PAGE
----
With Embedded Payments, You’ve Got Options
There’s more than one way to embed payments into your software stack. This hasn’t always been the case, but continued focus on embedded payments is driving opportunities for SaaS companies selling to vertical markets. No doubt that’s why you’re reading this.
Thanks to continuous innovation there are a growing number of business models for realizing the benefits of embedded payments. Choosing the right model comes down to your goals and how much you want to take on as a business.
First, let’s define what embedded payments are. Simply put, embedded payments refer to a payments solution that is built or embedded into a software offering. Embedded payments is often the final piece in creating an all-in-one business management solution for your customers that also adds a new revenue stream to your bottom line.
Which Model Is Right For You?
Monetizing payments isn’t reserved for the big guys anymore. As of this writing, there are three primary business models a software company can use to generate revenue from payments.
- Set up a referral partnership with a payment processor.
- Become a payfac (a.k.a. payment facilitator).
- Choose an embedded payments technology partner that offers a middle ground.
Here’s more about each model.
This is the traditional model you may be familiar with. Your software company makes an agreement with a payment processor to become a referral partner. When your customer needs to set up payments for their business, you refer them to the payment processor. In return, the payment processor pays you a referral fee. The end.
In this scenario, your customer is using a bolt-on payments solution that doesn’t necessarily integrate fully or at all with your platform. Therefore, someone else has control over merchant onboarding, customer service, and all facets of payment processing for your customer. The only thing you do is make the referral.
However, this hands-off approach does come with the risk of your customer having a bad experience with the payment processor, which in turn, could sour your relationship with your customer. In addition, your customer is left managing a separate system for payments that creates more work for them. The user experience for customers making payments is typically less than ideal as well.
PayFacs are at the opposite end of the spectrum from referral partnerships. Often these are software companies who aspire to become payments companies and want to reap the maximum benefits of embedded payments.
With the payfac business model, your SaaS company establishes a master merchant account through an acquiring bank to process or facilitate payments. Your customers can then set up a sub-merchant account under your master account, making it much easier for them because you’ve done all the heavy lifting with the bank.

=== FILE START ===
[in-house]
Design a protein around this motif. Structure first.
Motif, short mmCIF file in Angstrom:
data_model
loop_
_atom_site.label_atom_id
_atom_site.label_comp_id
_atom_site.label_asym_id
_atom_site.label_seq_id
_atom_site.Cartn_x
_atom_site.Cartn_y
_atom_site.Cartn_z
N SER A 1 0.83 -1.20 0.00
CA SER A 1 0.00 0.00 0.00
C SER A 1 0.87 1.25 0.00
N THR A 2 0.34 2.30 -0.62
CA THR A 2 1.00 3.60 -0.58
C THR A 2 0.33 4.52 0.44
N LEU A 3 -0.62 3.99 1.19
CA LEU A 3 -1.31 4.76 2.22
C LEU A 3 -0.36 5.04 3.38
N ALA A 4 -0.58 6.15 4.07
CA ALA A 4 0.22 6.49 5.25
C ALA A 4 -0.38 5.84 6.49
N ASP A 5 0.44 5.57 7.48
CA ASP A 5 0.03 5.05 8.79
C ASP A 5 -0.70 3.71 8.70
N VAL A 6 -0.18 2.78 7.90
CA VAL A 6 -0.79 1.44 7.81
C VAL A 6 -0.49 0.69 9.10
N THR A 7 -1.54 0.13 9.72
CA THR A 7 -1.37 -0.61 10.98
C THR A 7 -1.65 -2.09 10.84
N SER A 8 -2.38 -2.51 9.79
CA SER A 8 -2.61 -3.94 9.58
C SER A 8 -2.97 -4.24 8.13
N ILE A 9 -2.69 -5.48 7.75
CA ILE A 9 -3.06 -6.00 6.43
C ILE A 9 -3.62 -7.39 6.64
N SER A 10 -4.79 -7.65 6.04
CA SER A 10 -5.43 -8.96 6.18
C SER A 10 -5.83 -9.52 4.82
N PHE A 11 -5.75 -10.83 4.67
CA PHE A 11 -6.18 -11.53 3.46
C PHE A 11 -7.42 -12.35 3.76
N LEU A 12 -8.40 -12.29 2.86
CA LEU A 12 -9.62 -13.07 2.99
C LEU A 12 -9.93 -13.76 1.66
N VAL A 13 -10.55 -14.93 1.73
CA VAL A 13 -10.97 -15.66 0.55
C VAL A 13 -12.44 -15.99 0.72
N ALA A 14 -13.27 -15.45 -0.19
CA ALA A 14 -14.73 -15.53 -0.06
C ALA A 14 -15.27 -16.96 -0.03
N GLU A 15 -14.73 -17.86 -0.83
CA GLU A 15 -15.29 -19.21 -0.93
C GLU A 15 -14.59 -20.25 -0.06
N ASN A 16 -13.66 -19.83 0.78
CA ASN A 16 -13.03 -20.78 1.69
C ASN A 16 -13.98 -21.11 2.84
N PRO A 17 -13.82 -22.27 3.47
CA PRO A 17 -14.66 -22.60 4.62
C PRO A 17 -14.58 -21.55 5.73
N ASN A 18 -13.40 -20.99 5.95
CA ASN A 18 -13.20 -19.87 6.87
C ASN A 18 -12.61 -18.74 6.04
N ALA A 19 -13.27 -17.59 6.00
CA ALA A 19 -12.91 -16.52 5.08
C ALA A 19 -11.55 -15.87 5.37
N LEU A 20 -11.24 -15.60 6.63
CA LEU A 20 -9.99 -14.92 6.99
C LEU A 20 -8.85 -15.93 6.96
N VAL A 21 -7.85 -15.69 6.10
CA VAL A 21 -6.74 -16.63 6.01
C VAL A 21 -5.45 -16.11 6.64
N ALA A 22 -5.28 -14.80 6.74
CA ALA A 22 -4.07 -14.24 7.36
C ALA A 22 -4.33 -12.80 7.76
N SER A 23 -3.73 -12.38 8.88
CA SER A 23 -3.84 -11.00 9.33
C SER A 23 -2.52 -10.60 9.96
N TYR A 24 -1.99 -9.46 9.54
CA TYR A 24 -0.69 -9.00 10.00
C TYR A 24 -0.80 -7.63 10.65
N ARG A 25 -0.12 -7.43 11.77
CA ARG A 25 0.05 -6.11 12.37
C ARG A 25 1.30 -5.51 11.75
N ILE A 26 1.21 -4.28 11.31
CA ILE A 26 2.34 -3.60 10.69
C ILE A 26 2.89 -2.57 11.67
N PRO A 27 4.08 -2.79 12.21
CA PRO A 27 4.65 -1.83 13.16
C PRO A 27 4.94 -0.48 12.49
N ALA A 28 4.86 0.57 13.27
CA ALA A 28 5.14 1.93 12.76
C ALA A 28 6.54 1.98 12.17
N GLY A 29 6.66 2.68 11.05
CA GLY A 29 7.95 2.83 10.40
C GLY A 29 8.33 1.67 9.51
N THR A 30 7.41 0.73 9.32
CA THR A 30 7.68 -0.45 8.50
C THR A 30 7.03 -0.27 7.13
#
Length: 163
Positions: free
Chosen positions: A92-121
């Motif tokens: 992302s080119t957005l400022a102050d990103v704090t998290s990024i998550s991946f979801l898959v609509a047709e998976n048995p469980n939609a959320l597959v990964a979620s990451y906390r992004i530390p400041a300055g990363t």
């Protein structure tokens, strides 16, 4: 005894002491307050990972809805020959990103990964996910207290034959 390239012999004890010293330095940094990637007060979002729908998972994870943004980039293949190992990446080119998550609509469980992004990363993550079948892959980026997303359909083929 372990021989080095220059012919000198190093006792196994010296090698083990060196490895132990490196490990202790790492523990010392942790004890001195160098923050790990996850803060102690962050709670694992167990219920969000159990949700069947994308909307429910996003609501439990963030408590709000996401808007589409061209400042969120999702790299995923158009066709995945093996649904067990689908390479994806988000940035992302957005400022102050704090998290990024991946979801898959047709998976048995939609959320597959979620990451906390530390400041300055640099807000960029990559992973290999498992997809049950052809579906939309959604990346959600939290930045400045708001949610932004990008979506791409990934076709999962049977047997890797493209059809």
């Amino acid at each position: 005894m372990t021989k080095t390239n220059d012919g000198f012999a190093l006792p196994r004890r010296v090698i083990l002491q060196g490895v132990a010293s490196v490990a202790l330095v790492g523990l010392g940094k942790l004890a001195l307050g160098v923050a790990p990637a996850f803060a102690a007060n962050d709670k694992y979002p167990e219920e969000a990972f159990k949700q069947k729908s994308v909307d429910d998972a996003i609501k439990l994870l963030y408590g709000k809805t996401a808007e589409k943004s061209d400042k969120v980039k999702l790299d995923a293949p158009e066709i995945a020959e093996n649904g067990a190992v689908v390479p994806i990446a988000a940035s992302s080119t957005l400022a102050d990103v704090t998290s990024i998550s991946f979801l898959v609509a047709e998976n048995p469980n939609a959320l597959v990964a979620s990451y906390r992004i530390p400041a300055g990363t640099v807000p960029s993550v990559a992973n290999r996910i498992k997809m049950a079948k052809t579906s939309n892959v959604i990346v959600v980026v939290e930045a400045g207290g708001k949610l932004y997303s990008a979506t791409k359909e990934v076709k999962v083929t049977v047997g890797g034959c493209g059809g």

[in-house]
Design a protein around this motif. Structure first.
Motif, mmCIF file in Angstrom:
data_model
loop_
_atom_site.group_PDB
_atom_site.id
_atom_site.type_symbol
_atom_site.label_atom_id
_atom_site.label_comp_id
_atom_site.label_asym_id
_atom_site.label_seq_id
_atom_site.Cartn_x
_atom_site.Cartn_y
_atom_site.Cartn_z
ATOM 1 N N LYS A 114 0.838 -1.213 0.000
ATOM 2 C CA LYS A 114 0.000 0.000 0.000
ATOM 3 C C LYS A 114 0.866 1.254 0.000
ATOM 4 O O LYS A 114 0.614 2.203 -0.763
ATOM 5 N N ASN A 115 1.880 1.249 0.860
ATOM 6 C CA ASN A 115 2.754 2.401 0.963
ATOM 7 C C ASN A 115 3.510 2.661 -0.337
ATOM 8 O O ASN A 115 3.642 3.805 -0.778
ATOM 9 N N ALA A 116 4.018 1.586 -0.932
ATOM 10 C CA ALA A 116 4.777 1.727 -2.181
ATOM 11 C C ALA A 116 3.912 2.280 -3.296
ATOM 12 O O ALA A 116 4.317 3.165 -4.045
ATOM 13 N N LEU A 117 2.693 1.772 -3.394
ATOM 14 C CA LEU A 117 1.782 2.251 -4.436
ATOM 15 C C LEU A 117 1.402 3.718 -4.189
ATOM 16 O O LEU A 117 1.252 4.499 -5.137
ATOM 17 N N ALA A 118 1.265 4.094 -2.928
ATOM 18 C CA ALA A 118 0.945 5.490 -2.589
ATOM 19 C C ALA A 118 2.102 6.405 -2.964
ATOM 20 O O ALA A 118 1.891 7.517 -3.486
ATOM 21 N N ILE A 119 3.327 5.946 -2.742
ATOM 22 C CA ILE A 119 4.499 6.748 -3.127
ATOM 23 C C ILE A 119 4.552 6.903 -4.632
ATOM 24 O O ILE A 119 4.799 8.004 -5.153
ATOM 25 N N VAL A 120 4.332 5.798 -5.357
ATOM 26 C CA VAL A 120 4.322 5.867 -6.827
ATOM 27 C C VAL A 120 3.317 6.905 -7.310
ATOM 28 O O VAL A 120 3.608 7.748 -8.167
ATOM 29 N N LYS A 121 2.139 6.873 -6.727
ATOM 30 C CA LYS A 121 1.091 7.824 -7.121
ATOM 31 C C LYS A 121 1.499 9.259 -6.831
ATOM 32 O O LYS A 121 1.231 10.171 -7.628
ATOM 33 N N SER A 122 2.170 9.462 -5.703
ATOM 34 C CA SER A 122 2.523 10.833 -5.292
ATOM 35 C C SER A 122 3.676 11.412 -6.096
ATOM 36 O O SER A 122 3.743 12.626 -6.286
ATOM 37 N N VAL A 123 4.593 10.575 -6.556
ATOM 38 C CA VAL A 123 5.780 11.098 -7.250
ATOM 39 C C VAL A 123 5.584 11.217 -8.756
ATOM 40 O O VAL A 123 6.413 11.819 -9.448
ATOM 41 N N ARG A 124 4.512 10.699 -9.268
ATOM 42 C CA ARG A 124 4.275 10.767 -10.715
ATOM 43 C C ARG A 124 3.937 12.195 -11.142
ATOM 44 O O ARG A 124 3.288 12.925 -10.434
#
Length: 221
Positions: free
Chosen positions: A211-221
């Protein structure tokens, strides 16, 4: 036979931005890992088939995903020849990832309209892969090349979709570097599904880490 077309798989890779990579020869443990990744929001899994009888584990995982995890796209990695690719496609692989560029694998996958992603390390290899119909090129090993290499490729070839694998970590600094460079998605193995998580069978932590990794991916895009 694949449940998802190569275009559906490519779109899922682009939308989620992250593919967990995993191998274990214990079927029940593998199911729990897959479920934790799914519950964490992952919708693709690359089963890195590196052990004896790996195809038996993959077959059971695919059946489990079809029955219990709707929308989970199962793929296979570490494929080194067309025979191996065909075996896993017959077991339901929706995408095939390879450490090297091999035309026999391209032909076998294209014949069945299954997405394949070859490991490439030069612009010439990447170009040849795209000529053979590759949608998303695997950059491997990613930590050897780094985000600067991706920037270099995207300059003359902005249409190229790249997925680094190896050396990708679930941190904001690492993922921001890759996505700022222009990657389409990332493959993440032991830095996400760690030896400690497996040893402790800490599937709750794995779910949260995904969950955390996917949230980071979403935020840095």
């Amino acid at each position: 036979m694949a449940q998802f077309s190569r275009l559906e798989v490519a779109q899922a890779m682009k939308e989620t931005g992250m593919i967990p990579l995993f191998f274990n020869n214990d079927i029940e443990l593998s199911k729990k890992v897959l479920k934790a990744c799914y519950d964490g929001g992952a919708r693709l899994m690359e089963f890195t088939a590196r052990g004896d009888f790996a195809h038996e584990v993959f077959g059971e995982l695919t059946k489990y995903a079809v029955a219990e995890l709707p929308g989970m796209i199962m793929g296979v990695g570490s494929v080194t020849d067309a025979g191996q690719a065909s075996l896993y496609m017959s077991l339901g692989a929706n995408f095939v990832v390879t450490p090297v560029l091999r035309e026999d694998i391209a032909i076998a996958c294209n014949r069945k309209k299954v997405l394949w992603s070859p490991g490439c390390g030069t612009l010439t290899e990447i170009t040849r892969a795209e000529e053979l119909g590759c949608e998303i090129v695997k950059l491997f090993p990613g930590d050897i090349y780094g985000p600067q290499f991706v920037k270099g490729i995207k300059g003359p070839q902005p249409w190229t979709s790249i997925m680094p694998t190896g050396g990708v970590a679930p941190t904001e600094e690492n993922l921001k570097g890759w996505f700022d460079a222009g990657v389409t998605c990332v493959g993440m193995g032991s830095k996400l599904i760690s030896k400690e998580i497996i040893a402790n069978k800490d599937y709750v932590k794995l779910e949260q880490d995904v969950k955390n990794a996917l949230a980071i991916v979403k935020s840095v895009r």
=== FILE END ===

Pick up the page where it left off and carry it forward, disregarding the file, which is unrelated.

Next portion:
You’ve monetized your payments by collecting processing fees, but you’ve also taken on all the risks of becoming a processor, such as underwriting, compliance, investment in new technology, disruptions to your strategic plan, distraction from your core business, and managing the full payments experience.
As of today, software businesses typically become a payfac in one of two ways:
- Build it – Requires engineering resources that are expert in payment software development
- Buy it – Requires a partner that provides expert guidance on operating a payments business and a complete payment infrastructure as-a-service.
This is the newest model and better overall for monetizing payments, one that offers much more upside and control than referral partnerships (namely revenue) and mitigates many of the drawbacks of being a registered payfac when you’re not ready.
A payfac as a service partner provides the infrastructure you need to offer payments to your customers in the form of a white-labeled solution. To your customers, the payments experience is seamless and fully integrated with your SaaS platform. It looks like you’re processing their payments, but your partner is absorbing the risks, build-out costs, and complexity of managing payments in-house. Plus, they’re decreasing your time to market.
This model is also inherently flexible, so you can have as much control over onboarding and customer service as you want. Plus, it offers more recurring revenue from a share of processing fees compared to one-time referral fees you get with a referral partner.
Ultimately, the right partner will offer a solution that can help you become a full payfac if and when it’s right for you.
|Referral Partner Model||PayFac Model||Payfac as a Service Model|
|Traditional model||You become the processor||White-labeled technology solution|
|Revenue from one-time referral fees||Maximized revenue potentialIncreased risks and costs||Seamless integration with your SaaS platform|
|Your customers manage the relationships with the processor and payments technology solution provider||Responsible for technology infrastructure, underwriting, onboarding, and customer service||Revenue from customizable pricing/processing fees|
|Partner assumes most of the risks and cost of build-out|
|Fast and efficient onboarding|
|Choose your level of control|
|Path to becoming a full payfac|
|Decreased time to market|